“It is realistic,” he said. “These are technologies that are known. We can certainly get more economies of scale as we ramp up production.”

Automakers tentative

Industry representatives said achieving the administration’s goal will require that a lot of disparate efforts be successful at the same time, not all of which are under their control. For example, a nationwide network of charging stations and the increased capacity to meet new demand for power will be essential to driving customer demand.

“It’s aggressive, and a lot of pieces have to work perfectly together,” Genevieve Cullen, president of the Electric Drive Transportation Association, told VOA. “Aside from the technology piece, the market piece has to work, and supply chain speed is part of that. Consumer incentives are working to help bring them into the equation, and we need to keep expanding infrastructure at a pace that meets, and perhaps exceeds, the needs in the beginning so that people feel the confidence that they need to switch to battery electric.”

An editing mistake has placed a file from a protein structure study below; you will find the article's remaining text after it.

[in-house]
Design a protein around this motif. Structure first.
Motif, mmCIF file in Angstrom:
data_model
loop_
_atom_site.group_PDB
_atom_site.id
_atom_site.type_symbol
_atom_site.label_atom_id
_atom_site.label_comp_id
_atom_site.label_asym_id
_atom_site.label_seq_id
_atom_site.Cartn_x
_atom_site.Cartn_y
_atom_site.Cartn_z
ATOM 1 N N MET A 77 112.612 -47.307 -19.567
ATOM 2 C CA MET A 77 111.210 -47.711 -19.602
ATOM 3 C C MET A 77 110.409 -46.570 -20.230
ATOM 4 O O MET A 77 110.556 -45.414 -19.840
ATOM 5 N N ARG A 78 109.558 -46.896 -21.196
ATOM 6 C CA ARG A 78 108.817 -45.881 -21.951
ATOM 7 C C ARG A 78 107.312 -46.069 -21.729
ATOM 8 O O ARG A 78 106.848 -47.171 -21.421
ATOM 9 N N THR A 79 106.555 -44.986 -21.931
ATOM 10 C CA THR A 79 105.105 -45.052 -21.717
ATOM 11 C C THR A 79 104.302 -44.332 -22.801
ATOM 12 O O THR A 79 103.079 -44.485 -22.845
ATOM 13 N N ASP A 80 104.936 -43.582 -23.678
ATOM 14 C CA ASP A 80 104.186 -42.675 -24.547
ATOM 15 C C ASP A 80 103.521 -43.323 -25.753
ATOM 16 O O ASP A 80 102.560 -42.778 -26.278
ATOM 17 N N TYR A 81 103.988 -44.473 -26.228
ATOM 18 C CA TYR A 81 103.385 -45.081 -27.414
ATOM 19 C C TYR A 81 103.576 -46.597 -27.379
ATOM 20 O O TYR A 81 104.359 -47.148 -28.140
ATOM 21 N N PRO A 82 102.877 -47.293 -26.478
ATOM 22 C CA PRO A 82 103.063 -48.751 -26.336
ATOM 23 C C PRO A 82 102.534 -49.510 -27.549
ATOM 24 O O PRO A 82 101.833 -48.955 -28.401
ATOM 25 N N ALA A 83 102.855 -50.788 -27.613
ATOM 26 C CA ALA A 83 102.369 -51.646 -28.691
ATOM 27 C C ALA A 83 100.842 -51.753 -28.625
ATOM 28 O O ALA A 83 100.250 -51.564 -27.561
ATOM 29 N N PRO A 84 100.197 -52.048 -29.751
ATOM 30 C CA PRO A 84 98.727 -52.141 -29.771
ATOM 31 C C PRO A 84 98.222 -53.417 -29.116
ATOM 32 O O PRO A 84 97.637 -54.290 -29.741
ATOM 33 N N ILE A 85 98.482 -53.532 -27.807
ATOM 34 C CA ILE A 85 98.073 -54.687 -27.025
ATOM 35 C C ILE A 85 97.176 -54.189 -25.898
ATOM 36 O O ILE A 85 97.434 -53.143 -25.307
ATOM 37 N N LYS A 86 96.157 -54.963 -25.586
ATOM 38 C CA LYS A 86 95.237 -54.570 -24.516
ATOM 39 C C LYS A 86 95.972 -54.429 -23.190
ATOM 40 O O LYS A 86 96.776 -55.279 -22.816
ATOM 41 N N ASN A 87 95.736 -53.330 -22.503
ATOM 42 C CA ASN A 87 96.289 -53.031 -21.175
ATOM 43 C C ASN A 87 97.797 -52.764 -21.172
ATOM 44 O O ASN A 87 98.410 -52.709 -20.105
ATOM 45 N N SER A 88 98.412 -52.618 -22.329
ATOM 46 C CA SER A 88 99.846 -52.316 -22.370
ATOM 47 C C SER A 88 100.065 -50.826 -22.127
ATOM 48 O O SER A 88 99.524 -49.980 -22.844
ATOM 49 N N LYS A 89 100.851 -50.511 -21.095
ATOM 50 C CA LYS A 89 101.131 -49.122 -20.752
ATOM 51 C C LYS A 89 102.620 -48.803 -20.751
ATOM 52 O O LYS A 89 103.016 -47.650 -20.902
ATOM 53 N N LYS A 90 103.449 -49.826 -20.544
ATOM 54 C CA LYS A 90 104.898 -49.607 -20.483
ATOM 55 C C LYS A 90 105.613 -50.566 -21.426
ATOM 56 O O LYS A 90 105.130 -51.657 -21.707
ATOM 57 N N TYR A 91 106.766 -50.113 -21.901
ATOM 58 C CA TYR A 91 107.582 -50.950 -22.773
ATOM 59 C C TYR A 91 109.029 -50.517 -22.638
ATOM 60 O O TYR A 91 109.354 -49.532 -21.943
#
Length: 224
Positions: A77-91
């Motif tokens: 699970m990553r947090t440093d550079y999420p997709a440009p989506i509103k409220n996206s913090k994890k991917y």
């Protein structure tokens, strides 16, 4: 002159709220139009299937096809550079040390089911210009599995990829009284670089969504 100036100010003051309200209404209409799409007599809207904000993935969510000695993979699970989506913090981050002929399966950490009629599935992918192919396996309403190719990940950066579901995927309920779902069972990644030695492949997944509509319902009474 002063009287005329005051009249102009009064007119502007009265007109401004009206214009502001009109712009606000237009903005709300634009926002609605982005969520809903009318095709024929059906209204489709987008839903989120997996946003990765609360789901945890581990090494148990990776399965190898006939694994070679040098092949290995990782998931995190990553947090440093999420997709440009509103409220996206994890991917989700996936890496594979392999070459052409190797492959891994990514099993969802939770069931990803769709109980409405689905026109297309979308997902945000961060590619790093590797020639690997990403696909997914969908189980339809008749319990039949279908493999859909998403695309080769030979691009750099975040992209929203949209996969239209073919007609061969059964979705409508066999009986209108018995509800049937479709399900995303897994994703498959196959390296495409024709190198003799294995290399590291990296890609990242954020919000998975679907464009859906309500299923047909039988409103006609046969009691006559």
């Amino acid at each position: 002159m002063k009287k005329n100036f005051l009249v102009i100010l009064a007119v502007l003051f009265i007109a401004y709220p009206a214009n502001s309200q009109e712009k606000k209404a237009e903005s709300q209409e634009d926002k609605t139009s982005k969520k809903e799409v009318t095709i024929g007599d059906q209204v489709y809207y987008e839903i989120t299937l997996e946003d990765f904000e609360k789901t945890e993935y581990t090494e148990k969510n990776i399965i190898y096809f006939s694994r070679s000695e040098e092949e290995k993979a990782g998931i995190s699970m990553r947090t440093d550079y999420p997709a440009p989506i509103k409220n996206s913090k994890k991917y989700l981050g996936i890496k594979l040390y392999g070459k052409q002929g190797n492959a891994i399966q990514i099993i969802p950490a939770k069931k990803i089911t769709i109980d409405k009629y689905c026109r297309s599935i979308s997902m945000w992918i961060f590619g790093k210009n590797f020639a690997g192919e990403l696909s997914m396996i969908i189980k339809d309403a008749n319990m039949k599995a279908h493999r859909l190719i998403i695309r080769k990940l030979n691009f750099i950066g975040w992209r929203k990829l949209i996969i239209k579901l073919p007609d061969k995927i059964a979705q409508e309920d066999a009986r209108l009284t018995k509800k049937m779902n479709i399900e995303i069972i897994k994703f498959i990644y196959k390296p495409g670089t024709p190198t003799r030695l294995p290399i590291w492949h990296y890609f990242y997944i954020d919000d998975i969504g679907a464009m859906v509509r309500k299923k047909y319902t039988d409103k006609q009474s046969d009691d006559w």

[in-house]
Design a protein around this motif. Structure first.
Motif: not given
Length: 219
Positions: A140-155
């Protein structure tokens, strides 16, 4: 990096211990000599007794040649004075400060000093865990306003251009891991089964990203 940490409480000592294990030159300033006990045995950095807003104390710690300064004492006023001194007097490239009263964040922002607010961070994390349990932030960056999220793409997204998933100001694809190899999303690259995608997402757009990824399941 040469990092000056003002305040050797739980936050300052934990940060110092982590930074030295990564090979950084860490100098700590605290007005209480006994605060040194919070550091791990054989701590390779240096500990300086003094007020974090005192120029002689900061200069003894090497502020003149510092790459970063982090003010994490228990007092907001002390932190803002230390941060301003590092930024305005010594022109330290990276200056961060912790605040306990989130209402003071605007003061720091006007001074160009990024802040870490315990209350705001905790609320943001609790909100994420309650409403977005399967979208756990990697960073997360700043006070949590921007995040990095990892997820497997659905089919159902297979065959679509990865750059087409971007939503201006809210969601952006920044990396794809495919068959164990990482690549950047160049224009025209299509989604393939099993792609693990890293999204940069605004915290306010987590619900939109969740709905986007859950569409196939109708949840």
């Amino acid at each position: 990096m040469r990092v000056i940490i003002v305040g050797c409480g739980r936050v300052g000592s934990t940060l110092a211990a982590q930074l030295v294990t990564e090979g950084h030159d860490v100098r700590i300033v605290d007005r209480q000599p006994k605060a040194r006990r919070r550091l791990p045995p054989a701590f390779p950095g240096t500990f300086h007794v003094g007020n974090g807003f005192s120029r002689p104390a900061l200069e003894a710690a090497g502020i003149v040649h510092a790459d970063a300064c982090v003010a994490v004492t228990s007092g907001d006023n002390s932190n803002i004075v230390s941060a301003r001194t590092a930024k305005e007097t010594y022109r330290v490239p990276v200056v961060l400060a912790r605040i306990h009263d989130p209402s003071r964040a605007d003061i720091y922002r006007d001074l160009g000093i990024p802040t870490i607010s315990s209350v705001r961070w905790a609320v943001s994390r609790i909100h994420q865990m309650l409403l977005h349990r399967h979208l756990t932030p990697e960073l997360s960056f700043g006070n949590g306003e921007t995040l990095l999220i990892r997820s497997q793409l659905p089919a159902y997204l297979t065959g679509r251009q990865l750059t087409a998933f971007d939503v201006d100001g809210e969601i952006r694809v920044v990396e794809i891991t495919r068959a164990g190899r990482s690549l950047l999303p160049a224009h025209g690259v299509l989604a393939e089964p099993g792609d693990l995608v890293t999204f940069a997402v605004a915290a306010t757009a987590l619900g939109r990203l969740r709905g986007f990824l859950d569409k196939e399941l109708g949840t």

John Bozzella, president of the trade group Alliance for Automotive Innovation, said in a blog post Wednesday that the administration’s plan is “aggressive by any measure” and that its success would depend on more than just automakers being able to ramp up production.

“To some extent, the baseline policy framework for the transition has come into focus,” Bozzella said. “But it remains to be seen whether the refueling infrastructure incentives and supply-side provisions of the Inflation Reduction Act, the bipartisan infrastructure law, and the CHIPS and Science Act are sufficient to support electrification at the levels envisioned by the proposed standards over the coming years.”